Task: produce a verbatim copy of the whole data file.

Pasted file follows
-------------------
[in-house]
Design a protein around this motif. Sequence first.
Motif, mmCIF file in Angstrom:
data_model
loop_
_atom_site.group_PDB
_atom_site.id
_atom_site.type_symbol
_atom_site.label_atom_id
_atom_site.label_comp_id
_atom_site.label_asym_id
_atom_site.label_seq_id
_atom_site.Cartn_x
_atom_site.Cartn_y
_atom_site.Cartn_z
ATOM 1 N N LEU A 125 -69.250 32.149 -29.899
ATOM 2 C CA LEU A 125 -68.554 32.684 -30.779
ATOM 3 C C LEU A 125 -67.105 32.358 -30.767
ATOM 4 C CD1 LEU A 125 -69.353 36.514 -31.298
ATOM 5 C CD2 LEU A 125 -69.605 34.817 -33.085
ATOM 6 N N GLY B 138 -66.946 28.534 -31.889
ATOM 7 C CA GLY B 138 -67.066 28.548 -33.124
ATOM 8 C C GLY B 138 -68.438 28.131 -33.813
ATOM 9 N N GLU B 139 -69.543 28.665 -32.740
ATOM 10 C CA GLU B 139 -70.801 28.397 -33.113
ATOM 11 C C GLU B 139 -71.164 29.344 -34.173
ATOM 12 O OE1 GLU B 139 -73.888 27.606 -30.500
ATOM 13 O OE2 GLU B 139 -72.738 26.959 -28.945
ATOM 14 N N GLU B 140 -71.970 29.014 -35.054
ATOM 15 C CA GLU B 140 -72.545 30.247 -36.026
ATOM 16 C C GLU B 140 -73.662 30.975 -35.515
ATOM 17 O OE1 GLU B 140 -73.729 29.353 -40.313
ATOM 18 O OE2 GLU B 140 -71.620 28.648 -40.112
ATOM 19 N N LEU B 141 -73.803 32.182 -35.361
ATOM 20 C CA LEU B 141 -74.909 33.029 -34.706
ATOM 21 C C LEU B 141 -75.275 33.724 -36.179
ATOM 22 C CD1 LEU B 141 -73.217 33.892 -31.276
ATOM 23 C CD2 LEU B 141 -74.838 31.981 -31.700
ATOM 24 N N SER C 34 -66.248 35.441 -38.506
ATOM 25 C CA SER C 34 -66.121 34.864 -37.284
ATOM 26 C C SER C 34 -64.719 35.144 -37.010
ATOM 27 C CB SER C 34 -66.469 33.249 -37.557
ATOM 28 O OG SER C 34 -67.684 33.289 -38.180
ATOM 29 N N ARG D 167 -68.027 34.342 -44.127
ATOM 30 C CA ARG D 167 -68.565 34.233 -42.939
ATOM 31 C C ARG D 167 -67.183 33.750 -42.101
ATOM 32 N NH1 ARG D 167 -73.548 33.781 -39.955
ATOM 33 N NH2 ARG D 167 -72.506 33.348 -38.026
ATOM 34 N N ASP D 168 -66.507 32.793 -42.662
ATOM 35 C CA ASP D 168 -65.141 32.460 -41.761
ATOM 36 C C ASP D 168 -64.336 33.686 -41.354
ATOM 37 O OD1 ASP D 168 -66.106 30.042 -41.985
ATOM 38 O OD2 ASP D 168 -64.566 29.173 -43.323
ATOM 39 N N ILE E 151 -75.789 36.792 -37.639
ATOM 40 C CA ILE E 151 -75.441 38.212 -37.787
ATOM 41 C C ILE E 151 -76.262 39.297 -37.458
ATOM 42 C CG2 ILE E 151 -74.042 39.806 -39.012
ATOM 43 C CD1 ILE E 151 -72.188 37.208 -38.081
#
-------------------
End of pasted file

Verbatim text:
[in-house]
Design a protein around this motif. Sequence first.
Motif, mmCIF file in Angstrom:
data_model
loop_
_atom_site.group_PDB
_atom_site.id
_atom_site.type_symbol
_atom_site.label_atom_id
_atom_site.label_comp_id
_atom_site.label_asym_id
_atom_site.label_seq_id
_atom_site.Cartn_x
_atom_site.Cartn_y
_atom_site.Cartn_z
ATOM 1 N N LEU A 125 -69.250 32.149 -29.899
ATOM 2 C CA LEU A 125 -68.554 32.684 -30.779
ATOM 3 C C LEU A 125 -67.105 32.358 -30.767
ATOM 4 C CD1 LEU A 125 -69.353 36.514 -31.298
ATOM 5 C CD2 LEU A 125 -69.605 34.817 -33.085
ATOM 6 N N GLY B 138 -66.946 28.534 -31.889
ATOM 7 C CA GLY B 138 -67.066 28.548 -33.124
ATOM 8 C C GLY B 138 -68.438 28.131 -33.813
ATOM 9 N N GLU B 139 -69.543 28.665 -32.740
ATOM 10 C CA GLU B 139 -70.801 28.397 -33.113
ATOM 11 C C GLU B 139 -71.164 29.344 -34.173
ATOM 12 O OE1 GLU B 139 -73.888 27.606 -30.500
ATOM 13 O OE2 GLU B 139 -72.738 26.959 -28.945
ATOM 14 N N GLU B 140 -71.970 29.014 -35.054
ATOM 15 C CA GLU B 140 -72.545 30.247 -36.026
ATOM 16 C C GLU B 140 -73.662 30.975 -35.515
ATOM 17 O OE1 GLU B 140 -73.729 29.353 -40.313
ATOM 18 O OE2 GLU B 140 -71.620 28.648 -40.112
ATOM 19 N N LEU B 141 -73.803 32.182 -35.361
ATOM 20 C CA LEU B 141 -74.909 33.029 -34.706
ATOM 21 C C LEU B 141 -75.275 33.724 -36.179
ATOM 22 C CD1 LEU B 141 -73.217 33.892 -31.276
ATOM 23 C CD2 LEU B 141 -74.838 31.981 -31.700
ATOM 24 N N SER C 34 -66.248 35.441 -38.506
ATOM 25 C CA SER C 34 -66.121 34.864 -37.284
ATOM 26 C C SER C 34 -64.719 35.144 -37.010
ATOM 27 C CB SER C 34 -66.469 33.249 -37.557
ATOM 28 O OG SER C 34 -67.684 33.289 -38.180
ATOM 29 N N ARG D 167 -68.027 34.342 -44.127
ATOM 30 C CA ARG D 167 -68.565 34.233 -42.939
ATOM 31 C C ARG D 167 -67.183 33.750 -42.101
ATOM 32 N NH1 ARG D 167 -73.548 33.781 -39.955
ATOM 33 N NH2 ARG D 167 -72.506 33.348 -38.026
ATOM 34 N N ASP D 168 -66.507 32.793 -42.662
ATOM 35 C CA ASP D 168 -65.141 32.460 -41.761
ATOM 36 C C ASP D 168 -64.336 33.686 -41.354
ATOM 37 O OD1 ASP D 168 -66.106 30.042 -41.985
ATOM 38 O OD2 ASP D 168 -64.566 29.173 -43.323
ATOM 39 N N ILE E 151 -75.789 36.792 -37.639
ATOM 40 C CA ILE E 151 -75.441 38.212 -37.787
ATOM 41 C C ILE E 151 -76.262 39.297 -37.458
ATOM 42 C CG2 ILE E 151 -74.042 39.806 -39.012
ATOM 43 C CD1 ILE E 151 -72.188 37.208 -38.081
#